Friday, August 31, 2007


Although I am full-grown (and perhaps still growing a bit in the wrong places) and appear - on first glance - to be a reasonable sort of adult, internally (despite having two kids of my own) I am still the gawky awkward 13 year old that everyone loved to hate. Some people, after a certain age, turn 39 every year. I was born 13 (it may seem impossible, but I was a moody, awkward, and inappropriate baby - somehow I just pooped at the worst possible time) and expect to stay 13 well into my 80s (when no doubt I will continue to poop at the wrong time.)

Yet women who look a great deal like they should by my mom's friends - that is women I am inclined to be deferential towards - come to me and ask my thoughts on things at playgrounds, ice cream shops, dog runs and other places people with children congregate. They ask my thoughts on area schools, entertainment activities, and products for children.

I answer politely (while wondering how they can possibly take my thoughts on anything seriously). Then they walk away nodding thoughtfully and I think, "I sure fooled them, they must have thought I was an adult - maybe I could get away with buying beer..."

Oddly, an alarming number of these moms have facial tattoos and tongue studs. None of my mom's friends had these accessories.

Thursday, August 30, 2007

Latte Lessons

This may be obvious, but I learned it too late. No matter how much your child begs, do not give them a sip of your latte. Especially if it is just before boarding a cross-country flight.

Their little bodies cannot process caffeine and a five year old rocketing around an airliner at full speed could potentially be a hazard to civil aviation. You do not want to be responsible for the ensuing forced landing.

Trust me on this one, really.

Friday, August 24, 2007

Themes for Toilet Training

My daughter is learning to use the potty. This is a momentous occasion, and like all denouements requires dramatic theme music. After much discussion, in which both my son and daughter had votes, we selected Take it Easy by the Eagles.

My daughter ascends to her throne and tenses up as she tries to impress us (and earn a pez). But going potty shouldn't be a source of tension (in fact for many of us as we age it becomes a comfort.)

"Remember your song," I gently instruct and her little voice begins to warble:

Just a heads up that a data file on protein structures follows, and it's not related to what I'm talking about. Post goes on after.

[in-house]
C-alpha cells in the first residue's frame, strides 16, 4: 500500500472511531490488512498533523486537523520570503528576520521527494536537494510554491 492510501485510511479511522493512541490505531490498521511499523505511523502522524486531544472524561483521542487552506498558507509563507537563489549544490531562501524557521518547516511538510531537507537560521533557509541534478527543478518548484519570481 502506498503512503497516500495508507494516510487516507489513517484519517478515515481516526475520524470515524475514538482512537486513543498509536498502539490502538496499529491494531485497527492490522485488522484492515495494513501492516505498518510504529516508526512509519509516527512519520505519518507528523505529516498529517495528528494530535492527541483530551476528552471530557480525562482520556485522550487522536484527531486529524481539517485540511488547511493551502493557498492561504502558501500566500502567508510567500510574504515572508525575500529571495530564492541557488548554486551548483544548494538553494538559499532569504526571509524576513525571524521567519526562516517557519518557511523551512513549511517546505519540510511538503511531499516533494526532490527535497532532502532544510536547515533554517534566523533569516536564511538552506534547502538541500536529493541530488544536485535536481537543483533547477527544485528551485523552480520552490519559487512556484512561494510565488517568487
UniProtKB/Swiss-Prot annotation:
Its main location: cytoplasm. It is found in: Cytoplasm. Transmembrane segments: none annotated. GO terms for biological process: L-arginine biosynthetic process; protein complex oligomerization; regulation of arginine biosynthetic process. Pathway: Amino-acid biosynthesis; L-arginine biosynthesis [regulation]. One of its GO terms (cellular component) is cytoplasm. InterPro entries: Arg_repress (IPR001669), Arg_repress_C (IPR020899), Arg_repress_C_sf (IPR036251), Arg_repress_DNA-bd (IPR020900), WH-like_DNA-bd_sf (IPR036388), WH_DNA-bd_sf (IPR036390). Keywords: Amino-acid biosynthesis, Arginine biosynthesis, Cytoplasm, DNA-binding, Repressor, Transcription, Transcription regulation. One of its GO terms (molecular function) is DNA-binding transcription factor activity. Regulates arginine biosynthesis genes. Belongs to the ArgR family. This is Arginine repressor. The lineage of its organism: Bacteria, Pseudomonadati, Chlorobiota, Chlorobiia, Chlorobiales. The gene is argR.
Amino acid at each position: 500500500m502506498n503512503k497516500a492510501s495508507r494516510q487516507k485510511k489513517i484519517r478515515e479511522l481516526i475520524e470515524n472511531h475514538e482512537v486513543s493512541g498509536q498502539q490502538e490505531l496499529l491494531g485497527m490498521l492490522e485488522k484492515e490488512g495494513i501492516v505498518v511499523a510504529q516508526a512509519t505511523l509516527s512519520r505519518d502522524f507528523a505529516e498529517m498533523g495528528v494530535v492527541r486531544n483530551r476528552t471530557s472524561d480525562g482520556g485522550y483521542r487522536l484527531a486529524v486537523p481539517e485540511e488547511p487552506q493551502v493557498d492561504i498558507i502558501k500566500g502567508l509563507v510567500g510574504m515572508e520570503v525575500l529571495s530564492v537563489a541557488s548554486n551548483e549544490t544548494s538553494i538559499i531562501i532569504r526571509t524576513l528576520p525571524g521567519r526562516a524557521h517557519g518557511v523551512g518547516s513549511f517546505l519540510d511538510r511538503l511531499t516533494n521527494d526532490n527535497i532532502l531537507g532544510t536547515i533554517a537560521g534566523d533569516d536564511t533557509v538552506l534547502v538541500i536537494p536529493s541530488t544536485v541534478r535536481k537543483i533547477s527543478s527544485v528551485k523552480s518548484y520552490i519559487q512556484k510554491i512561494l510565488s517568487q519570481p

Well I running down a road
to loosen my load
I got seventeen in my mind...

"Good job sweetheart, now..." I encourage and join in until she yells, stop daddy no singing.

Take it easy, take it easy
Don't let the sound of the big wheels
Drive you crazy
Lighten up while you can
Don’t try to understand
Just find a place to make your stand
And take it easy
It's the perfect song. All the right themes. I just hope I haven't set off anything Pavlovian where as an adult this song will give her such an uncontrollable urge to loosen her load that it may just drive her crazy.

I on the other hand will never again be smitten by a girl in a flatbed Ford.

Wednesday, August 15, 2007

How to vote for me for the Blogger's Choice "Hottest Daddy Blogger"

The folks at Blogger's Choice have made voting extra hard. Normal, reasonably computer savvy people have been challenged to get their votes in. I wonder if Blogger's Choice is based in Florida?

Anyway, here is the full list of steps necessary to get your vote logged in. It is a hassle, and I am grateful for your follow through.

1. Go to the For Father's Only page on Blogger's Choice and click vote. It will ask you to either login or create a new account.

2. Fill out everything in the application (you can leave city and picture blank.)

3. They will send you an email (possibly in seconds, shouldn't take more than 30 minutes.)

4. Click the link in the email.

5. Click for your account page to complete registration

6. Put forfathersonly in the search bar and search.

7. Select it under the category "Hottest Daddy Blogger."

8. Vote - finally.

Thanks for staying with me through this. They don't make it easy.

A Sister's Envy

Like good, modern parents we carefully limit the amount of television our children see. With the exception of the occasional Scooby Doo marathon (I still argue it is educational) television is doled out my children in minute doses - the way most parents regulate candy or cookies.

Consequently, following the proven maxims of the economics of childhood, scarcity leads to jealousy. This explains why when I picked my daughter up from daycare the other day, but without her brother in tow, she looked at me suspiciously and asked: "Where's my brother? What's he watching?"

Friday, August 03, 2007

Lessons from the Hive

"Daddy, today we learned about bees in science at camp," my son told me.

"Really, what did you learn?"

"Well worker bees are girls and do all the work. The boys are drones and they don't do anything, they just hang out with the queen."

"Neat," I told him.

"Daddy, are you a drone?"

"Sure, I guess so," I said, playing along.

His look became serious and he said, "That's too bad. I'll miss you Daddy."

"I'm not going anywhere."

"When winter comes, the worker bees kill all the drones and toss them out of the hive. So enjoy the nectar while it lasts Daddy drone."